Use modal verbs may and might to talk about possible activities or happenings in the future.
- I'm not sure I'll go to the party. I may be away.
- Don't drop by at 7:20 p.m. I might be watching TV.
- Please, prepare something to eat. Mr. Johnson might be hungry.
- We may not be able to go to school this week.
There isn't much difference between the two. So you can say:
- John might be at home or John may be at home.
- I may visit Mary or I might visit Mary.
Sentences formed with might are less likely to happen than those with may. For example:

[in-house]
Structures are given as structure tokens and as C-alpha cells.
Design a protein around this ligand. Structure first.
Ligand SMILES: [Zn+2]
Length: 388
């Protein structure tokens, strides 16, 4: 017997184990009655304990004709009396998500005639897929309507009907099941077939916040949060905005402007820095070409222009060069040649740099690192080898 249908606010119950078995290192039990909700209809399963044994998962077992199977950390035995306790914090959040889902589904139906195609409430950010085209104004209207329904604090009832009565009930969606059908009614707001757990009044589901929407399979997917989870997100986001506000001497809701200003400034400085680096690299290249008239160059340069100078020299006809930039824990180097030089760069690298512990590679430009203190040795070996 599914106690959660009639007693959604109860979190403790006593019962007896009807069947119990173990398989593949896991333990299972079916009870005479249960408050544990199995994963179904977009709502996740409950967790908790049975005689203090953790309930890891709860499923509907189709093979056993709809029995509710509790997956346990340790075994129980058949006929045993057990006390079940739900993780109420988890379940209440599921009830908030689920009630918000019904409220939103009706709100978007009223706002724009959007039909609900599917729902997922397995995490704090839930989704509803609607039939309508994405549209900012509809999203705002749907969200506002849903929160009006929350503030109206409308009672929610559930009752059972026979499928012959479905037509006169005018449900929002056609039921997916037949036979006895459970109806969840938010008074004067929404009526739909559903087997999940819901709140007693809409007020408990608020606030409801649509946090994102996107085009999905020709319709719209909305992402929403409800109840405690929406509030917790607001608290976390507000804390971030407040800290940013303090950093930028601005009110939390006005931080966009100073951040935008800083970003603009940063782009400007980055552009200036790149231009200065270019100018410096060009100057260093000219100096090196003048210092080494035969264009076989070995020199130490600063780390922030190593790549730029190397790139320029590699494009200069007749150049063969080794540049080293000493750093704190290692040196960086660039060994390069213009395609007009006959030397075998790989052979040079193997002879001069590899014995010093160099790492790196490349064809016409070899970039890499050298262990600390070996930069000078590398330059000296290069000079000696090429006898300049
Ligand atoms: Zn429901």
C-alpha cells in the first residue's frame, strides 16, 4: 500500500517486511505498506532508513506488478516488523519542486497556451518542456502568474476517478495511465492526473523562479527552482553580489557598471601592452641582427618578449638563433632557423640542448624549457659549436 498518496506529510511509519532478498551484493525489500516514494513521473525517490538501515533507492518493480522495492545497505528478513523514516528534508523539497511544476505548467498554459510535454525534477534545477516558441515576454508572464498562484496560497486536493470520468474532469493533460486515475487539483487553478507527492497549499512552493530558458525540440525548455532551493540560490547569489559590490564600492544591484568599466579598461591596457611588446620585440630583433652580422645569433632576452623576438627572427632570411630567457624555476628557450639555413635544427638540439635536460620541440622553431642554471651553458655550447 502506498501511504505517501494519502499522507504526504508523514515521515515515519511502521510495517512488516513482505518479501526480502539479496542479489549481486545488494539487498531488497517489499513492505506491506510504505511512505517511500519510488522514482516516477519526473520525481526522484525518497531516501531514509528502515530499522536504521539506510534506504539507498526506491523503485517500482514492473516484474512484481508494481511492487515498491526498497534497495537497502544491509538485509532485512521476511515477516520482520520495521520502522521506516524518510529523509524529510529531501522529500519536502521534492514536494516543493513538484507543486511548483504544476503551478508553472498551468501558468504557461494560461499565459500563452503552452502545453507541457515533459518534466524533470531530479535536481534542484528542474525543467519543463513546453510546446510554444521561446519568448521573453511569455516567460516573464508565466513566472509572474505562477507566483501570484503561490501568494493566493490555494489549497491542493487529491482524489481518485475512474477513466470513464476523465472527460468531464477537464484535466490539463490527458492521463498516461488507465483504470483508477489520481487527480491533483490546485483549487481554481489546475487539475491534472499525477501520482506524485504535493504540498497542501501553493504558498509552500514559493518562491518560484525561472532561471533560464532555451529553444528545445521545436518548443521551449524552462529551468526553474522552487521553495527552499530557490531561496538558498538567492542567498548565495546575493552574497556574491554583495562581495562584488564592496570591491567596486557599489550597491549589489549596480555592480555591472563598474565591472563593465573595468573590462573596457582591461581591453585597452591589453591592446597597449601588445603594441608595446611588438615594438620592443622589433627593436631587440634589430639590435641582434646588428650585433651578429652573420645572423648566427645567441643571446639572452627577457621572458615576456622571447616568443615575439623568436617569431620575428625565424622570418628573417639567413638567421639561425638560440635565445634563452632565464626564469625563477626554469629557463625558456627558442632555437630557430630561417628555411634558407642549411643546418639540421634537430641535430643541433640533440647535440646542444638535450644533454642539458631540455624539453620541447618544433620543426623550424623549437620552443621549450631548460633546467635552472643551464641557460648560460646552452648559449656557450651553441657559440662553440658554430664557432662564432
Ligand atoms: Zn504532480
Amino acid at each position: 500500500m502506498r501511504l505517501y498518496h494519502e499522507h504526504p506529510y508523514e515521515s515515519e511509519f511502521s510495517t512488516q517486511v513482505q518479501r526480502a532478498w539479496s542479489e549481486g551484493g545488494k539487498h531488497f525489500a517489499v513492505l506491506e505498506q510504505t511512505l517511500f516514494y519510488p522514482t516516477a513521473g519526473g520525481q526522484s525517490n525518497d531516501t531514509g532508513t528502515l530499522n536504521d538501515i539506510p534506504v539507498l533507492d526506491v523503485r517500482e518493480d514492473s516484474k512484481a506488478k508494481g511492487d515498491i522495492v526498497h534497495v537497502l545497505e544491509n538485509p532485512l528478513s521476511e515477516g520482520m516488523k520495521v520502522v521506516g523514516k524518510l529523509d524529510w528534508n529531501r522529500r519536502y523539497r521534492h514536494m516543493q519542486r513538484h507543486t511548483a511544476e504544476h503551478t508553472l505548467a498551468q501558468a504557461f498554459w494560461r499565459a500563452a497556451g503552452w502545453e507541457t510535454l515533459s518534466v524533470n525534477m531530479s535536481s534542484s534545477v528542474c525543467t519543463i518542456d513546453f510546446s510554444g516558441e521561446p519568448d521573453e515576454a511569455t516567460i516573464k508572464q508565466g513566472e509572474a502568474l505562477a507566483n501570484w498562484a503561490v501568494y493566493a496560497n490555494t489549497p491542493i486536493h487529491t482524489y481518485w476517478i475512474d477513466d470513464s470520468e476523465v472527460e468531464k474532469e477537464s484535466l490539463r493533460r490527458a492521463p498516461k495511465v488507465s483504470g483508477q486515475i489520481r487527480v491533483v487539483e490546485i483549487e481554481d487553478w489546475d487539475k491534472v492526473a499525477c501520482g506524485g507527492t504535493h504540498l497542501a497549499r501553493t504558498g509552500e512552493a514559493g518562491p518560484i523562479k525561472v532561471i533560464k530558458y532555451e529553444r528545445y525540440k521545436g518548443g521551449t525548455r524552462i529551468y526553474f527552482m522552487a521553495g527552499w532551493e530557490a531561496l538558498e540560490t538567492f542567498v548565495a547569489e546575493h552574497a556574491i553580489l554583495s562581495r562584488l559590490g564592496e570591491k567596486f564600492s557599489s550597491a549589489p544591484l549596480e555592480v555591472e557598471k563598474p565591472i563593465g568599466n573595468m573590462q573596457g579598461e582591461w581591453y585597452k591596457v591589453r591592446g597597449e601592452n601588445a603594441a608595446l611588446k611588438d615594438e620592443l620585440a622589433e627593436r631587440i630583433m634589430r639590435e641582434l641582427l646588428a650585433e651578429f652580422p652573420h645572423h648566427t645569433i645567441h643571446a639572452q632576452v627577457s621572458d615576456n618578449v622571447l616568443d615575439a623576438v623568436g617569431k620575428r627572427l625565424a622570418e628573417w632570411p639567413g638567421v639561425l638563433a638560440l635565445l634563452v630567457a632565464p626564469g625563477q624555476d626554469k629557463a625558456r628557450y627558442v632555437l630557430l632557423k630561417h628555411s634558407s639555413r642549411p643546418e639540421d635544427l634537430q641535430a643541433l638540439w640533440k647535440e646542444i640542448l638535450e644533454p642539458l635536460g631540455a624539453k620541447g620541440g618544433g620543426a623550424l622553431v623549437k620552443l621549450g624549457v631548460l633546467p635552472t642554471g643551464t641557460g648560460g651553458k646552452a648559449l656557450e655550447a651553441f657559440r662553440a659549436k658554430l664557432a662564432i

- I may be away at 10 p.m. (35% likelihood)
- I might be away at 10 p.m. (20% likelihood)
Of course, these figures may vary depending on the situation.
However, when the situation is unreal, only might can be used:
- If I were a bit smarter, I might go to college. (The speaker won't become smarter, so the situation is unreal.)
If you're using the reported speech, may becomes might:
- "I may be late," said Frank. In reported speech: Frank said that he might be late.
So there are 2 important points about might
1-It is less likely and for more unreal stiuations.
2-In reported speech may changes to might